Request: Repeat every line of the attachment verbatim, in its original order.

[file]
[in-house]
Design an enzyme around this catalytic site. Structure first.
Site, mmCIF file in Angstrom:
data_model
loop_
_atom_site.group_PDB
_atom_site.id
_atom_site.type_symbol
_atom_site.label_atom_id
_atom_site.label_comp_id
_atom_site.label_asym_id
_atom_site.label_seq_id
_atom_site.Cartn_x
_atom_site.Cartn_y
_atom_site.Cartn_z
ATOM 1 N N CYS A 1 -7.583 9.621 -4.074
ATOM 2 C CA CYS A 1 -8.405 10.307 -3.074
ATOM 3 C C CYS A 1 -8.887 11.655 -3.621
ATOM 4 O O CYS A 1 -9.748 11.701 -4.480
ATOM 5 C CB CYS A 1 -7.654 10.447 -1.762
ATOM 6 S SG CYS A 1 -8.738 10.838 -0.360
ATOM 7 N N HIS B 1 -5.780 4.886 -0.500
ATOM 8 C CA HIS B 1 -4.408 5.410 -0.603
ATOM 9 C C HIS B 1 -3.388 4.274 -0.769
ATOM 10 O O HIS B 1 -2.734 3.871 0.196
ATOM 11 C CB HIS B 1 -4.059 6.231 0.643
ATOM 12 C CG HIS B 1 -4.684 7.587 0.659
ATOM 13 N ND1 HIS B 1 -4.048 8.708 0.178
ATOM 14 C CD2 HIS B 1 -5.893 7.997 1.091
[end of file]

[in-house]
Design an enzyme around this catalytic site. Structure first.
Site, mmCIF file in Angstrom:
data_model
loop_
_atom_site.group_PDB
_atom_site.id
_atom_site.type_symbol
_atom_site.label_atom_id
_atom_site.label_comp_id
_atom_site.label_asym_id
_atom_site.label_seq_id
_atom_site.Cartn_x
_atom_site.Cartn_y
_atom_site.Cartn_z
ATOM 1 N N CYS A 1 -7.583 9.621 -4.074
ATOM 2 C CA CYS A 1 -8.405 10.307 -3.074
ATOM 3 C C CYS A 1 -8.887 11.655 -3.621
ATOM 4 O O CYS A 1 -9.748 11.701 -4.480
ATOM 5 C CB CYS A 1 -7.654 10.447 -1.762
ATOM 6 S SG CYS A 1 -8.738 10.838 -0.360
ATOM 7 N N HIS B 1 -5.780 4.886 -0.500
ATOM 8 C CA HIS B 1 -4.408 5.410 -0.603
ATOM 9 C C HIS B 1 -3.388 4.274 -0.769
ATOM 10 O O HIS B 1 -2.734 3.871 0.196
ATOM 11 C CB HIS B 1 -4.059 6.231 0.643
ATOM 12 C CG HIS B 1 -4.684 7.587 0.659
ATOM 13 N ND1 HIS B 1 -4.048 8.708 0.178
ATOM 14 C CD2 HIS B 1 -5.893 7.997 1.091